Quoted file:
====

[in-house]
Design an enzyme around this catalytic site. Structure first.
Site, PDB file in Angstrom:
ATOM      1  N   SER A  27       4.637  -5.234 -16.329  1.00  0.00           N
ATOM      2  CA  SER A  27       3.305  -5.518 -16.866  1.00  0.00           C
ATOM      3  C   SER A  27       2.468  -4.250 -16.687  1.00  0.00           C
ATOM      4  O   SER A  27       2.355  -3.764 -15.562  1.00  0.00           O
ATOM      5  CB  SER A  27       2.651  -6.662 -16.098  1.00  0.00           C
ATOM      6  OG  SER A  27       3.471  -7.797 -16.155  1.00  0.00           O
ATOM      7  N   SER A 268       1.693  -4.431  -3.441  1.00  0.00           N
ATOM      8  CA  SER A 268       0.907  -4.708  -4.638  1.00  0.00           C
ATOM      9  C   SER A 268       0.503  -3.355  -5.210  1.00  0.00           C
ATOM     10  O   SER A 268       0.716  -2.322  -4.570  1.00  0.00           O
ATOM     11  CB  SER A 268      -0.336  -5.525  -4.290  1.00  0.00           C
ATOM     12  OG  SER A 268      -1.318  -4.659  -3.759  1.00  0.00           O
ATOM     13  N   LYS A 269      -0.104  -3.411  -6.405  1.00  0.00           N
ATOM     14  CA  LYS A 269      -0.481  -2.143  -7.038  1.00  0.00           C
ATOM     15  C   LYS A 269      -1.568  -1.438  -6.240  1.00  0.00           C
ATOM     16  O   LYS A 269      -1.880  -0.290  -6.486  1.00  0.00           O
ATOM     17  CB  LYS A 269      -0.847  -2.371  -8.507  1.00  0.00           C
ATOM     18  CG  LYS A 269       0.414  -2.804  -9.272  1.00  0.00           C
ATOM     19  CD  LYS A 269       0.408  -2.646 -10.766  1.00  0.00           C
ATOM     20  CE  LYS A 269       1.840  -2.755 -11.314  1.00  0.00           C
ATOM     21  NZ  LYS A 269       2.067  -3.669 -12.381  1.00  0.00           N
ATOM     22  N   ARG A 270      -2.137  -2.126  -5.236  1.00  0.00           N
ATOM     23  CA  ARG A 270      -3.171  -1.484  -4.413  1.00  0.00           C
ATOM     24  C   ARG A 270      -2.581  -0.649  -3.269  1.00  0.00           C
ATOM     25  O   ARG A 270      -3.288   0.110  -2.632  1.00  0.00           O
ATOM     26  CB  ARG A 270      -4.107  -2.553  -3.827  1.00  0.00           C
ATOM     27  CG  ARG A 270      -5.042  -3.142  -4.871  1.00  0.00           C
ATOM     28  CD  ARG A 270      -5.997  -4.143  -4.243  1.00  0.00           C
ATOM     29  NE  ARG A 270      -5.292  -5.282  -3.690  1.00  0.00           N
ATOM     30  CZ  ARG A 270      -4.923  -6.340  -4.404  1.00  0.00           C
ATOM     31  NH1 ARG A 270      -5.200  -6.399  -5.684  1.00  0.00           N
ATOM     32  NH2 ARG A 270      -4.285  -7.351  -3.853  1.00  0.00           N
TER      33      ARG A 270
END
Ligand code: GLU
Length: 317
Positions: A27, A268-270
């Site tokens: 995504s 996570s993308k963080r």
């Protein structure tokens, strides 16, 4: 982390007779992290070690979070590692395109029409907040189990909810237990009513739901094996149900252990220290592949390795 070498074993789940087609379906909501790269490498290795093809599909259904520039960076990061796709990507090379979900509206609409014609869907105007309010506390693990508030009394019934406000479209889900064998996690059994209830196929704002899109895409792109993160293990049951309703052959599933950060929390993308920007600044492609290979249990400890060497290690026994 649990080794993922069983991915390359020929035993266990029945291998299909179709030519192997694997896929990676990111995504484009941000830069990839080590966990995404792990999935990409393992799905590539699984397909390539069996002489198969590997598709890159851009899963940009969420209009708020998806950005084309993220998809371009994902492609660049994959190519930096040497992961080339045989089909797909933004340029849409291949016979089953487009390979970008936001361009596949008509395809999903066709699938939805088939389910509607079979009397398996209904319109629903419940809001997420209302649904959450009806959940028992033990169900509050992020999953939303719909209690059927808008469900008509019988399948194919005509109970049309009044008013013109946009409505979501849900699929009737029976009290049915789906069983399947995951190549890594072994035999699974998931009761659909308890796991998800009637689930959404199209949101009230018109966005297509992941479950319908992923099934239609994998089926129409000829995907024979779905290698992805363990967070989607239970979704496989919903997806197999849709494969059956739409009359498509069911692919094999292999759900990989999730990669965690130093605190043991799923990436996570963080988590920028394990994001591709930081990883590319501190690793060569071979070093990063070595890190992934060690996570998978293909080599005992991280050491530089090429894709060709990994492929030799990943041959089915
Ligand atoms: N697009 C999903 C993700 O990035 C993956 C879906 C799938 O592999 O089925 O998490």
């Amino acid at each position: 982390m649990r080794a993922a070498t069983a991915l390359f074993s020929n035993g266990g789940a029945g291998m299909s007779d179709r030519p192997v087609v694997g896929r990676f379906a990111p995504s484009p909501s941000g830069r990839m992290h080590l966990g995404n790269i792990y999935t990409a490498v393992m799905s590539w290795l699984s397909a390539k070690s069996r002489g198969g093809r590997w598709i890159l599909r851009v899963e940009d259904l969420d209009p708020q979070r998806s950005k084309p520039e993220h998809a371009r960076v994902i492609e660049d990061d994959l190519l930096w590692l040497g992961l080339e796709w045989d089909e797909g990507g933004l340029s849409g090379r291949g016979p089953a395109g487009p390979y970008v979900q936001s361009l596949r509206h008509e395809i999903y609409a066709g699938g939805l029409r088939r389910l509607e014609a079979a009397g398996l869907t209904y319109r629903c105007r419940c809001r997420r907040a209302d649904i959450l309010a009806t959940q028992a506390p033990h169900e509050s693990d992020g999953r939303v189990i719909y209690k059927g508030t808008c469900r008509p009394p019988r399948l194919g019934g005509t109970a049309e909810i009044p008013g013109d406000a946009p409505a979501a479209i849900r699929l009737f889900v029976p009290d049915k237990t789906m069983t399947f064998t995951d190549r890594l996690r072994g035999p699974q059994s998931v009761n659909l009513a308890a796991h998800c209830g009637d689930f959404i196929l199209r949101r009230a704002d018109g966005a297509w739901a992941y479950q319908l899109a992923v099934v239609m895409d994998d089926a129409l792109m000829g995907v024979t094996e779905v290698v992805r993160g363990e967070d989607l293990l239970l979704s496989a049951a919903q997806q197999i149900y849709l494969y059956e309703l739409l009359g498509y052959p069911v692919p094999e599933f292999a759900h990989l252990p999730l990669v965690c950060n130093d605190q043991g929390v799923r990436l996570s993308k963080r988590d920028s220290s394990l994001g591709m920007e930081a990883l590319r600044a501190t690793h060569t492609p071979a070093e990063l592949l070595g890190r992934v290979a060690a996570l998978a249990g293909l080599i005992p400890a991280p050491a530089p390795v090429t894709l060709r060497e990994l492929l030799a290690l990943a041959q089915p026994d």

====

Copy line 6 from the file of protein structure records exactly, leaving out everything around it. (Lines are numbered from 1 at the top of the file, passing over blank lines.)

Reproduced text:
ATOM      3  C   SER A  27       2.468  -4.250 -16.687  1.00  0.00           C